Could Vaccines Of The Future Be Made With Nanoparticles?

11:51 minutes

A purple-gloved hand holding a device the size of a thumb.
A prototype device for a nanoparticle vaccine. Credit: Nanovaccine Institute at Iowa State University

In 2021, vaccines for COVID-19 were released, a little over a year after the SARS-CoV-2 virus triggered a global pandemic. Their remarkably short production time wasn’t the result of a rush-job, but a culmination of decades of advancements in infrastructure, basic science, and mRNA technology.

But despite the years of innovations that allowed those vaccines to be developed and mass-produced so quickly, their delivery method—an injection—still has some drawbacks. Most injected vaccines need to be kept cold, and some require multiple trips to a pharmacy. And people with needle phobias may be reluctant to get them altogether. So what could the vaccines of the future look like?

Dr. Balaji Narasimhan, distinguished professor and director of the Nanovaccine Institute at Iowa State University, joins Ira Flatow onstage in Ames, Iowa, to talk about how his lab is using nanotechnology to develop the next generation of vaccines, and how they could be more effective than current vaccines in the face of the next pandemic.

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Segment Guests

Balaji Narasimhan

Dr. Balaji Narasimhan is a distinguished professor and the Director of the Nanovaccine Institute at Iowa State University in Ames, Iowa.

Segment Transcript

IRA FLATOW: This is Science Friday. I’m Ira Flatow live from Iowa State University in Ames.


In 2021, vaccines for COVID-19 were released just a little over a year after the virus caused a global pandemic. Their remarkable short production time wasn’t the result of a rush job, as you might have heard, but a culmination of decades of advancements in infrastructure, basic science, and mRNA technology.

But despite the years of innovations that allowed those vaccines to be developed and mass produced in just a year, their delivery method, the needle, right? The needle, the dreaded needle, is pretty old technology that has some significant drawbacks. So what could the vaccine, what could it look like?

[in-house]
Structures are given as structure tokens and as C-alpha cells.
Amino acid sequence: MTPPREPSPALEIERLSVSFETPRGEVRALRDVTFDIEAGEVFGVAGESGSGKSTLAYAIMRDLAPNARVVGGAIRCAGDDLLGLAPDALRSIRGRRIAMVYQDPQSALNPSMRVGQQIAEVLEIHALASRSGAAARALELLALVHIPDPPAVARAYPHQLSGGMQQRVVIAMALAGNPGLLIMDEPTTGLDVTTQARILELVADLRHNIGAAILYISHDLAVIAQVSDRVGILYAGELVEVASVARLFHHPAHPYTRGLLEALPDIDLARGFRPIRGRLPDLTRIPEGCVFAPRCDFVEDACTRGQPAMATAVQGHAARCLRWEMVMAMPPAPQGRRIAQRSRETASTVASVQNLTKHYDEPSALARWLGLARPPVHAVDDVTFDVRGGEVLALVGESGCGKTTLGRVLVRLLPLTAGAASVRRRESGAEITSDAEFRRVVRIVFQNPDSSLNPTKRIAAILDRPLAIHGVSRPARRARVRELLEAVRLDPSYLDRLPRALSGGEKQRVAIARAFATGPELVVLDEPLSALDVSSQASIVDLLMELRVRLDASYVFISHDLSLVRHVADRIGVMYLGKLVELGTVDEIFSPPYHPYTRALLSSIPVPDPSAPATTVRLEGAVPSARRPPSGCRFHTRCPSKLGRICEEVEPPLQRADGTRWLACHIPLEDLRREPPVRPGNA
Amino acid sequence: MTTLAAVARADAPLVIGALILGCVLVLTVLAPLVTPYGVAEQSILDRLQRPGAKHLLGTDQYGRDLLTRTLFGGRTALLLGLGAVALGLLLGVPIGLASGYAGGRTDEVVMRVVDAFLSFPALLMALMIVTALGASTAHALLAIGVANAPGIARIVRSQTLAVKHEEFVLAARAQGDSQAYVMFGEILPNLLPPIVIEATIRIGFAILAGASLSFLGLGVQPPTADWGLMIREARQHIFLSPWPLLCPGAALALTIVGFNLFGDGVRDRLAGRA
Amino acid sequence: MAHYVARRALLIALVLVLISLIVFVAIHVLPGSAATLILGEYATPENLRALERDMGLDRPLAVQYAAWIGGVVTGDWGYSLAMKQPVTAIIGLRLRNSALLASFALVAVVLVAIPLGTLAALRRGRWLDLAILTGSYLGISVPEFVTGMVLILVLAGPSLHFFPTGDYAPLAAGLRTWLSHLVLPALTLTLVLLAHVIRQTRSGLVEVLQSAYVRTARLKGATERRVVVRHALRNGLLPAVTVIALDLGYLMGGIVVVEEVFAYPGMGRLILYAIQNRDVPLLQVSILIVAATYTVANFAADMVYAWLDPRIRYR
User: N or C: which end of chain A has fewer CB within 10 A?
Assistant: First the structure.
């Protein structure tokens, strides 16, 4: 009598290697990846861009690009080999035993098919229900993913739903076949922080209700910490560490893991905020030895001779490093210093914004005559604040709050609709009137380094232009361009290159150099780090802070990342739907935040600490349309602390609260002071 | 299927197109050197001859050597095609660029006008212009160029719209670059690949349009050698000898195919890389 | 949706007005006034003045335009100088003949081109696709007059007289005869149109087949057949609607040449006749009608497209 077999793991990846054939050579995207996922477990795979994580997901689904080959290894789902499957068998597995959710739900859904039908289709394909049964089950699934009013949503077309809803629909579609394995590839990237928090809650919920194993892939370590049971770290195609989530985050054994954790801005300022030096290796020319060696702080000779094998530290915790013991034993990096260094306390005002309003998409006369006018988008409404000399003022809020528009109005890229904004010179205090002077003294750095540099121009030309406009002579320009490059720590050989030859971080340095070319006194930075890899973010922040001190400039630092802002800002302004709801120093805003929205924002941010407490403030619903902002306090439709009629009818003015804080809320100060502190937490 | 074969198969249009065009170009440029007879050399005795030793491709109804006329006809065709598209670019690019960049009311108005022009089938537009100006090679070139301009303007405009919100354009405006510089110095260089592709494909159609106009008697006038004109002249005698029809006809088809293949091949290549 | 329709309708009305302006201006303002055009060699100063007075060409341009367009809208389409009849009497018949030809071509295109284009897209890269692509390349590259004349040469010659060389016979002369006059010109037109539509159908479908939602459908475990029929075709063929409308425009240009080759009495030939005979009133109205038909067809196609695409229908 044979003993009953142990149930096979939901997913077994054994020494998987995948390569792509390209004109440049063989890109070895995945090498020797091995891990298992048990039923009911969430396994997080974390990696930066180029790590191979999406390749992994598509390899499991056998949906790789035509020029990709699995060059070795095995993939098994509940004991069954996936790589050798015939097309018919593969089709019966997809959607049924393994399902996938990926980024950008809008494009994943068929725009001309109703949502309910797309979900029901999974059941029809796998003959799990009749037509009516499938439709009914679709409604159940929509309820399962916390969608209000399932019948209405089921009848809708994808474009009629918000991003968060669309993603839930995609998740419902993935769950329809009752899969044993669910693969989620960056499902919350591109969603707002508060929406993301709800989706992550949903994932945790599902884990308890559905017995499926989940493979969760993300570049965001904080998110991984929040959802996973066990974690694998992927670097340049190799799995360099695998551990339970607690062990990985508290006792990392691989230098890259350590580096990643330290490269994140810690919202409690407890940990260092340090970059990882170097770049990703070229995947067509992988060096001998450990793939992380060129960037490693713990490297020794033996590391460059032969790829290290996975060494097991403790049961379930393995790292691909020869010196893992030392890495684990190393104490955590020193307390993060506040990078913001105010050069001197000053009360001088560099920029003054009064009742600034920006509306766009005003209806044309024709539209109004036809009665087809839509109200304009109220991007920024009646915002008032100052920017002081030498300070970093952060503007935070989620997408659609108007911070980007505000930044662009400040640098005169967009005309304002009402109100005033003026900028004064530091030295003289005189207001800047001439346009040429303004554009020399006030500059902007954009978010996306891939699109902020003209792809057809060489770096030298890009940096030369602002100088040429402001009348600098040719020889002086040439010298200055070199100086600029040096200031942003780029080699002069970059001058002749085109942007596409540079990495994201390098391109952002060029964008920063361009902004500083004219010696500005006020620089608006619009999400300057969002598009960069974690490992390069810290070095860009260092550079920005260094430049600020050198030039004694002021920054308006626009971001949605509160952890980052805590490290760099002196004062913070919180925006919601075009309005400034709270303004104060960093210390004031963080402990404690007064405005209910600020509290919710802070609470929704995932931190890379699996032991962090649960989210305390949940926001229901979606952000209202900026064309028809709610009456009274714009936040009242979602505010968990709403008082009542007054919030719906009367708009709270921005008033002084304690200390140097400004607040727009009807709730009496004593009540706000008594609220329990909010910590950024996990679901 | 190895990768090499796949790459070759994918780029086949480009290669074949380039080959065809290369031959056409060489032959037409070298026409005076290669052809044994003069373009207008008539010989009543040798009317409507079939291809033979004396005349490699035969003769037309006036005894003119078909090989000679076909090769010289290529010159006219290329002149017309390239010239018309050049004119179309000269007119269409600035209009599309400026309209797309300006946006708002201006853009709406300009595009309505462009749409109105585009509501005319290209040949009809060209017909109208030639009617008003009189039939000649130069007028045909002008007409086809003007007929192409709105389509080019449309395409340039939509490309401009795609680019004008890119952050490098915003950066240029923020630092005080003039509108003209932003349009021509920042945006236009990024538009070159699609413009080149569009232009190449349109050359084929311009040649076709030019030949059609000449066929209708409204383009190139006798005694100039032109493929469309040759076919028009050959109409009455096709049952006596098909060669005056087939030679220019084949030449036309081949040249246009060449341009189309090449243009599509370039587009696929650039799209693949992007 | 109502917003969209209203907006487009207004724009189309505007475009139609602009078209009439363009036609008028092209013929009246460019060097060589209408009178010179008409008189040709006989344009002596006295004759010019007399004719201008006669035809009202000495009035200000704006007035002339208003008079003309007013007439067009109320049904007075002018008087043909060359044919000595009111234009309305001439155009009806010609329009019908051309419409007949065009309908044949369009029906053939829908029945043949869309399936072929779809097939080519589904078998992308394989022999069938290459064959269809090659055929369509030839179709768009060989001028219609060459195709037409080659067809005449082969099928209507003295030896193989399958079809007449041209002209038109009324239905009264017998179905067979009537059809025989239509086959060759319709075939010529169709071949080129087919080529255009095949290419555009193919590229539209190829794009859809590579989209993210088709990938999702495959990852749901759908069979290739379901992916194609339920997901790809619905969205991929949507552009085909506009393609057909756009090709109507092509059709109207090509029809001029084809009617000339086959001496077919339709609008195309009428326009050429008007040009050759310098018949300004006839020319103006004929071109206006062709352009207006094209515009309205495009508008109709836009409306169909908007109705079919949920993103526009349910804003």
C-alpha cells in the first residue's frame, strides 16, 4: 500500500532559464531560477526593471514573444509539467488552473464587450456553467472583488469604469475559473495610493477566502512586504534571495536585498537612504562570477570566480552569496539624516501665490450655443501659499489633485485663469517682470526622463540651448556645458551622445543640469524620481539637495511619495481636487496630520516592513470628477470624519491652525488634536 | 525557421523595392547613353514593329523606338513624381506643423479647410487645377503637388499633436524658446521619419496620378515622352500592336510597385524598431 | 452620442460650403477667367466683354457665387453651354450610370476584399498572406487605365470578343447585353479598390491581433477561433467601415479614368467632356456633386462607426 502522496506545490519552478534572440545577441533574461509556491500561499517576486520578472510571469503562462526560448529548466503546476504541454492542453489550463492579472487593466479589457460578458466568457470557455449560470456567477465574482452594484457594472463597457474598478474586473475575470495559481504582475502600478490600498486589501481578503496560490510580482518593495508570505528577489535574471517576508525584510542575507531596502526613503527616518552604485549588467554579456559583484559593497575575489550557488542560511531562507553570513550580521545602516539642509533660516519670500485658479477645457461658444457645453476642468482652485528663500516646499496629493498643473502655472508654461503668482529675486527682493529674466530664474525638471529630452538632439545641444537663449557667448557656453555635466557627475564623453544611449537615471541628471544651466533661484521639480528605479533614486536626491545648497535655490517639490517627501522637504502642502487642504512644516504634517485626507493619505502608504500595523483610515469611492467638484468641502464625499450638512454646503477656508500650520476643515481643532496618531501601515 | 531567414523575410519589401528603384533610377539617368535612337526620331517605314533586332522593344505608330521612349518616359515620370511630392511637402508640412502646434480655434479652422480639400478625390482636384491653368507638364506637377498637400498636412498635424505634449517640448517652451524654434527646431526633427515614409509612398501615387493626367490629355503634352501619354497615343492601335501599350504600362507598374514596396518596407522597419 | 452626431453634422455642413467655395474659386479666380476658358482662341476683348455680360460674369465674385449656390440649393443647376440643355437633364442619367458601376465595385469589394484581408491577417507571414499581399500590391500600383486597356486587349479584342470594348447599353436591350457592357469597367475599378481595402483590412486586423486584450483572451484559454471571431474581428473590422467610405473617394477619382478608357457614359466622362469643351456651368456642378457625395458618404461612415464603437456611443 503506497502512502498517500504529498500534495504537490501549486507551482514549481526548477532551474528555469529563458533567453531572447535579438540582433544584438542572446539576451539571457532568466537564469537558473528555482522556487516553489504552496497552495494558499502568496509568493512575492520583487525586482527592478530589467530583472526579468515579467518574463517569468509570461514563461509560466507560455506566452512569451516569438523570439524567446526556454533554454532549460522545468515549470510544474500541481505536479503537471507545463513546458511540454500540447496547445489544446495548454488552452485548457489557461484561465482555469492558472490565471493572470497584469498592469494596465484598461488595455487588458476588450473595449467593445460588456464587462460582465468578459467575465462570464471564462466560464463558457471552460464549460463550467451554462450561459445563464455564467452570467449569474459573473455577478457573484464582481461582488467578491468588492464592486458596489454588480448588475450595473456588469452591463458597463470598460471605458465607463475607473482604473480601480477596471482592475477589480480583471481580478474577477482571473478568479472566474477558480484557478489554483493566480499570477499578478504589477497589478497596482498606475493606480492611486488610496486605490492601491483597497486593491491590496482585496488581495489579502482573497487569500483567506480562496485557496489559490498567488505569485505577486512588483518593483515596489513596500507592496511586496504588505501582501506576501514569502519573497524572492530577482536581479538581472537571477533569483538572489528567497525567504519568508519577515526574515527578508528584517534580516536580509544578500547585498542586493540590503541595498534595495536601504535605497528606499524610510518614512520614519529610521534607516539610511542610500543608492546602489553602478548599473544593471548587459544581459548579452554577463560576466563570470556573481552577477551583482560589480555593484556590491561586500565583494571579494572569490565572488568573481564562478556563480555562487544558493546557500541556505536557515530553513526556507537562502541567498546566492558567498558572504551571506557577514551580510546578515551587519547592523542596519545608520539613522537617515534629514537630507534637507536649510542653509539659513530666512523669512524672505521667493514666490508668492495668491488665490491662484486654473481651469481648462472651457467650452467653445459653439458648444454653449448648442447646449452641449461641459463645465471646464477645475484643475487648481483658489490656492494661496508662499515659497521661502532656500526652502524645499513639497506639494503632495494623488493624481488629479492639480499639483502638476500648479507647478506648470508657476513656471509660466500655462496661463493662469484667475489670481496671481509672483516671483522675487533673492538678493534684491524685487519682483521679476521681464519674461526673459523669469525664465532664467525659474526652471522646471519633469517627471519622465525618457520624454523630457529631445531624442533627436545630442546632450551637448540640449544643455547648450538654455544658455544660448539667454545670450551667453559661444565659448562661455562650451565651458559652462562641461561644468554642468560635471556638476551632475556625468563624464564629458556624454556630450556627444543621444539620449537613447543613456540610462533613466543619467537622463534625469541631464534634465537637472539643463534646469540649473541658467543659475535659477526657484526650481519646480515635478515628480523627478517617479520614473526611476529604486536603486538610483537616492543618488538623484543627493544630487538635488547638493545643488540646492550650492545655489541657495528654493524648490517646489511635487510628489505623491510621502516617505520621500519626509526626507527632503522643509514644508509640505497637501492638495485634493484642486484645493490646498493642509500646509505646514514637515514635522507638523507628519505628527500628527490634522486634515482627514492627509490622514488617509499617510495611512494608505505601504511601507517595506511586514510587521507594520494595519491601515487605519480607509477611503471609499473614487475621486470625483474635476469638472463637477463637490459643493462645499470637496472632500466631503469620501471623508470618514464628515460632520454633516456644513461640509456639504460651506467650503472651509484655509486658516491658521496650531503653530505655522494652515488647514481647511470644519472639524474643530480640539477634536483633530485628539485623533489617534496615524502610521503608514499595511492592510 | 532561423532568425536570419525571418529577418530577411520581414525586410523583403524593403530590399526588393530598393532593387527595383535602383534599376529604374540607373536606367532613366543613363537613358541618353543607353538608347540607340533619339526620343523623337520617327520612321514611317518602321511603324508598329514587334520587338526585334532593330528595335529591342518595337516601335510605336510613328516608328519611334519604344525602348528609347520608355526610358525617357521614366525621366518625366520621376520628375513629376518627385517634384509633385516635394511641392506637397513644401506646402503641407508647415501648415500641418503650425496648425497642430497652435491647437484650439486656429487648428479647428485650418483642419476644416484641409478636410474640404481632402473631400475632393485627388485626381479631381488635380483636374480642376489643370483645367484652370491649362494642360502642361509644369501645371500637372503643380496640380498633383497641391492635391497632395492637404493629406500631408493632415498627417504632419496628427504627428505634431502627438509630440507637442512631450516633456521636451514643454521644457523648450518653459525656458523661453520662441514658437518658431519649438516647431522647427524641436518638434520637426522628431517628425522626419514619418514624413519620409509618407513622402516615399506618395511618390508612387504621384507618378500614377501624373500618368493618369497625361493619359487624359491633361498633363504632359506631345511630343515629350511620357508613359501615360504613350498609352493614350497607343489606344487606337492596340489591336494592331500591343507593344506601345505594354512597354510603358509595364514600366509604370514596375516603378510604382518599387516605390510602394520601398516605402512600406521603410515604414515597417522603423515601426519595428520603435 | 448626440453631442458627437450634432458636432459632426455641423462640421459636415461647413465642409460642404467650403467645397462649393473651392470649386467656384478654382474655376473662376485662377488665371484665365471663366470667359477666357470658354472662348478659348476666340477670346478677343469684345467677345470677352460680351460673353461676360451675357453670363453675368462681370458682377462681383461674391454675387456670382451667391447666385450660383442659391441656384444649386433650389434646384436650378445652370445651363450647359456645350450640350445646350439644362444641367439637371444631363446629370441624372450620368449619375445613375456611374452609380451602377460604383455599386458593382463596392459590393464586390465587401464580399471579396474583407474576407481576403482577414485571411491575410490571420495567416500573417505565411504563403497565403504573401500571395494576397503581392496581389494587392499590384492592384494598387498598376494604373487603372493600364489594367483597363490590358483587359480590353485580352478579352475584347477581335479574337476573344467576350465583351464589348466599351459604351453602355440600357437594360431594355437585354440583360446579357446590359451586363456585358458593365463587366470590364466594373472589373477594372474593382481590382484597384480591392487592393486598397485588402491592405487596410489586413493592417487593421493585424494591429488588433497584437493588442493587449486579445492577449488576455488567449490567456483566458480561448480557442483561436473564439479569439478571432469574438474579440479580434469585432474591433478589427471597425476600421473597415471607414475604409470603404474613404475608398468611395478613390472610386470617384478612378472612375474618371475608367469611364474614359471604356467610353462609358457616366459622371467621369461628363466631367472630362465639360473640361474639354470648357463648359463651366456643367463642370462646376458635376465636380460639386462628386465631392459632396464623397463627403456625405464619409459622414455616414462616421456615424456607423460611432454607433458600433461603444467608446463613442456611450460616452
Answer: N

That’s what we’re going to talk about with my next guest, Dr. Balaji Narasimhan, distinguished professor and director of the Nanovaccine Institute at Iowa State University. Welcome to Science Friday.


IRA FLATOW: OK, so vaccines are great. Modern vaccines are great, but they have a few drawbacks. Tell us what you think they are.

BALAJI NARASIMHAN: So first, thank you for having me on the show, Ira. So today’s vaccines are being manufactured with what I would call legacy technologies, technologies that have been around 70, 80, or 100 years. Many of them use chicken eggs and grow viruses in chicken eggs, and that is a technology that’s old, and it takes a long time.

Our vaccines are also made in a way that they’ll only work if they are kept cold.

IRA FLATOW: Really cold, right?

BALAJI NARASIMHAN: Really cold. So I don’t know if you remember this, but you mentioned 2021. So labs like mine were looking for equipping our labs with freezers, and guess what? Walgreens and CVS had all the deep-freeze equipment in the country. So labs like ours had to wait six, seven, eight months before we could get equipment because these vaccines need to be stored cold. And so that is a huge drawback because if you think about transporting these vaccines, if you think about Doctors Without Borders, organizations like that leaving a fridge open for five minutes, you have to throw that entire lot of vaccine away.

IRA FLATOW: Five minutes?

BALAJI NARASIMHAN: Five minutes of exposure to room temperature is enough to destroy the performance of the vaccine. So that is another huge drawback.

As we’ve learned during the evolution of COVID vaccines, these vaccines, the way they’re made today, also need to be updated as we see more and more variants. We started off with the parent version of the virus, and then we all know there’s a huge number of variants that have come down the pike. And the first vaccine that worked is not going to work against the variants of today, so these vaccines also need to be constantly updated. And as you pointed out, Ira, they need to be delivered with a needle, which I think is also a drawback.


BALAJI NARASIMHAN: I don’t know about you, but I think it’s a drawback.

IRA FLATOW: Well, let’s talk about it because you are working on using nanoparticles that don’t need a needle. Tell us how that works.